<I>The Rings of Power</I>: Creating the mixed media main title sequence
Issue: September/October 2022

The Rings of Power: Creating the mixed media main title sequence

The main title for Lord of The Rings: The Rings of Power is a mix of animation, visual effects and cymatics. Setting out to portray a universe both primordial and timeless, Plains of Yonder (www.plainsofyonder.com) teamed with Nexus Studios (London), 37 Films (Madrid) and MakMac (Barcelona) to create the mesmerizing intro. Taking inspiration from J.R.R Tolkien’s Ainur – immortal angelic beings that sing such beautiful music that the world is created from their very sound – the concept was developed by Katrina Crawford, Mark Bashore and Anthony Vitagliano of Plains of Yonder.

Showrunners J.D. Payne and Patrick McKay, along with executive producer Lindsey Weber, challenged the team to create an opening sequence that was “simple, stark and beyond anything we would have thought of.” The sequence contains a dozen hidden symbols that reflect themes and storylines in the show — some hidden in plain sight — others are far more subtle.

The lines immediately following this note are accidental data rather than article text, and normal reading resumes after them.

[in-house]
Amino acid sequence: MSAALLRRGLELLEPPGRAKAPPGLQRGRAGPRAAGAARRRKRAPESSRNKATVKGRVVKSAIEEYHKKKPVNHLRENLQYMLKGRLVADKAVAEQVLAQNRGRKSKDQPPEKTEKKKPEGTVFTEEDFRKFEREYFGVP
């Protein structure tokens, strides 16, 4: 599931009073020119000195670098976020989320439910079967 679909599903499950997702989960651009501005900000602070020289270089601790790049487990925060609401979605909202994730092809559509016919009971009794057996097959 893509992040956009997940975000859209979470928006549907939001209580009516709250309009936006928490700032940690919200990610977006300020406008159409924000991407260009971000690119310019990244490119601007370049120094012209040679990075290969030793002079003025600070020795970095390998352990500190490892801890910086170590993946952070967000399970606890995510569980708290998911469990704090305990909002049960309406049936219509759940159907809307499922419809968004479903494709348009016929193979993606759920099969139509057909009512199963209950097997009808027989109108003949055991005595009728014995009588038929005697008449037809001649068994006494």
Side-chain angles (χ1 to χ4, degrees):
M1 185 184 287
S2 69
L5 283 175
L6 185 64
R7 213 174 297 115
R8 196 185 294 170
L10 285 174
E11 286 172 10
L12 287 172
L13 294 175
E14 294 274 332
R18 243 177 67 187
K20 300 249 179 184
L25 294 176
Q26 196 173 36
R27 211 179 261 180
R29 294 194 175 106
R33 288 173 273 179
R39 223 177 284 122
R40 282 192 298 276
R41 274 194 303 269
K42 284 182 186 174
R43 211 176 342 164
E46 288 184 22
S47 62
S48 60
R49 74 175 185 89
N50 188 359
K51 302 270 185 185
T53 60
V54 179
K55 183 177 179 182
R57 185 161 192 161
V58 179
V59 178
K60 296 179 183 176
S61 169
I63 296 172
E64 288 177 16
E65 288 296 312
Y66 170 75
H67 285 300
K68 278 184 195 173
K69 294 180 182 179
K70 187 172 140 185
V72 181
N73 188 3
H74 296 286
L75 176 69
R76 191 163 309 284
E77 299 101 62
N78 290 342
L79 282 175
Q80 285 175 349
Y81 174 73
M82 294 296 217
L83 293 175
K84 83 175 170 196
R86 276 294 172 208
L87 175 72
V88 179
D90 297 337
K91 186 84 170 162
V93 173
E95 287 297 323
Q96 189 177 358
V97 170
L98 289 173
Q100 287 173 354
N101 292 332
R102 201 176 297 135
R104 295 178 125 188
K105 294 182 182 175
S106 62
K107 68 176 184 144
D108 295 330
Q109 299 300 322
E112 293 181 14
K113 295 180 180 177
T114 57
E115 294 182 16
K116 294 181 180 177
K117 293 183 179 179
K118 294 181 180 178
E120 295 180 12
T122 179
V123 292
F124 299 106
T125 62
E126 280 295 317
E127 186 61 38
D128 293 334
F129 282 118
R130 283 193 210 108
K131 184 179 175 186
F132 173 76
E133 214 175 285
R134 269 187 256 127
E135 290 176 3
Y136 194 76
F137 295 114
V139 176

The nature of the project required a mix of disciplines. On one hand, the real nature and accidental movement of sand, while also employing the flexibility of computer generated Imagery. Production was structured into different teams, including production and animation handled by Nexus Studios’ animation director Fernando Cózar and VFX supervisor Germán Diez; live-action by 37Films; and 3D generalist and particle simulation by MakMac. The type was custom-made from an original hand-drawn font by calligrapher Daniel Reeve. The intro is also the only part of the series that is paired with a score from Howard Shore.

All of the simulations for the show's intro were done in 3DS Max using Tyflow. The team used Foundry’s Nuke for 2D compositing. Adobe After Effects was used to create for mock ups, while style frames were created in Photoshop. The edit was completed in Premiere. SideFX Houdini was also called on to calculate the plate size and the maths behind the cymatics, which represent vibration phenomena. 

“The main objective for this project was to create a piece where you are not able to identify what is real or CG, which I think is the beauty of mixing different disciplines,” explains Fernando Cózar, animation director for Nexus Studios. “I think we accomplished that well.” 

“We set out to make something primordial and timeless, something worthy of Tolkien’s imagination, and sobering that would delight his deepest followers,” add Plains of Yonder’s Katrina Crawford and Mark Bashore.